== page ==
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Matrics Unveils Two EPC Readers

The startup is introducing a UHF handheld, as well as a fixed reader that handles Class 0 and Class 1 tags.
Feb 27, 2003Feb. 28, 2003 - Matrics, an RFID equipment provider in Columbia, Maryland, has introduced a new handheld RFID reader and revealed plans to market the first fixed RFID reader that handles tags based on the Auto-ID Center's Class 0 and Class 1 specifications.

Matrics says its handheld can read up to 200 tags per second at a read range of up to 10 feet. Most UHF handheld readers operating in the UHF range have a read range of two to three feet. "That's huge in terms of efficiency because you can step back from items and scan fairly aggressively," says Matrics CEO Piyush Sodha.

The Matrics handheld

Sodha describes the handheld as an important bridge technology for companies implementing RFID. "Imagine a retail environment where clothes are hanging and you want to scan them without installing fixed RFID readers throughout the whole store," he says. "A clerk can go around and scan the racks and see what's there. It's a rapid deployment tool."

The Matrics handheld uses the Windows CE.net operating system and works with Class 0 RFID tags. It connects to a host computer via a USB v1.1 high-speed serial bus and supports wireless LAN connectivity via an optional 802.11b wireless network interface with 128-bit data encryption.

Matrics has also introduced a new fixed reader, called Advanced RFID Reader. It’s designed to function with any standard UHF RFID tag, including Class O and Class 1. The reader could support for ISO 18000-6 if there is a demand for it.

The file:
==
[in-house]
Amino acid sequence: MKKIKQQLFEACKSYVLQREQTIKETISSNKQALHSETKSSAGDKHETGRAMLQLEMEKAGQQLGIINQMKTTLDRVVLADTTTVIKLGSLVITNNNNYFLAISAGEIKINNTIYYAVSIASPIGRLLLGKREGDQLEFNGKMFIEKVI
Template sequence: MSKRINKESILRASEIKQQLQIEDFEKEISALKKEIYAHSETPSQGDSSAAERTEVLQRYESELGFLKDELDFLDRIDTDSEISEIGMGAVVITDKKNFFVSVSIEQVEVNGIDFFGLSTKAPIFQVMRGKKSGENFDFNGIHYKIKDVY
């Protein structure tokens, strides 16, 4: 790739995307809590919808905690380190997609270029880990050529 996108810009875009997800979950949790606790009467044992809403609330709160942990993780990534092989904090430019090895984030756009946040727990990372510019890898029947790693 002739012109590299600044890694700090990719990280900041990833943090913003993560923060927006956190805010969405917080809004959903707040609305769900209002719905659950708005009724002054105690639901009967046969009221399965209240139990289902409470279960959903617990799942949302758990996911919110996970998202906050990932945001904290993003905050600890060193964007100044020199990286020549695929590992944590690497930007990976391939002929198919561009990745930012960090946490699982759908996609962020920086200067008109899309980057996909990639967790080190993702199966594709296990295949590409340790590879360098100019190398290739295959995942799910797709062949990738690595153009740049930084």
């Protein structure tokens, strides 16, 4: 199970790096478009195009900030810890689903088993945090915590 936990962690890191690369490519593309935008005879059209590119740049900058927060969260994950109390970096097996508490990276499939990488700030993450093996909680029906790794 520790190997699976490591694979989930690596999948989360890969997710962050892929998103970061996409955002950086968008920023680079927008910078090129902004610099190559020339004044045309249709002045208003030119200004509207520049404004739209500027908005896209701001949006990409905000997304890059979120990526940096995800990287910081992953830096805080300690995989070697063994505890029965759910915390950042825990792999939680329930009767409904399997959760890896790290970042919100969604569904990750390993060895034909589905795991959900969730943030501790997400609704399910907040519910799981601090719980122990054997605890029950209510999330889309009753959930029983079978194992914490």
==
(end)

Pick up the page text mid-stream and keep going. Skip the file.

"It future-proofs you from variations in standards," says Sodha. That is, companies can invest in reader technology without worrying about which type of UHF tags become dominant. The reader's software can be configured to enable it to support new standards as they emerge.

Matrics says the reader can read more than 1,000 tags per second at a read range of up to 30 feet. It also features built-in memory to enable local tag buffering; several options for connecting to a network, including 802.11b; and enhanced support for multiple antennas.

The handheld will be available from April. The fixed reader will begin shipping in June. The company hasn't released pricing yet for either unit.

During the Auto-ID Center's board meeting in Atlanta this week, Matrics also did a technology demonstration as part of the Auto-ID Center's certification process. The company demonstrated the capabilities of the Class 0 specification.

Sodha says a number of companies, including Rafsec, Symbol and Tyco all expressed plans to support the Class 0 specification. Matrics is currently the only company making Class 0 tags, and its reader is the first to support both Class 0 and Class 1 tags.

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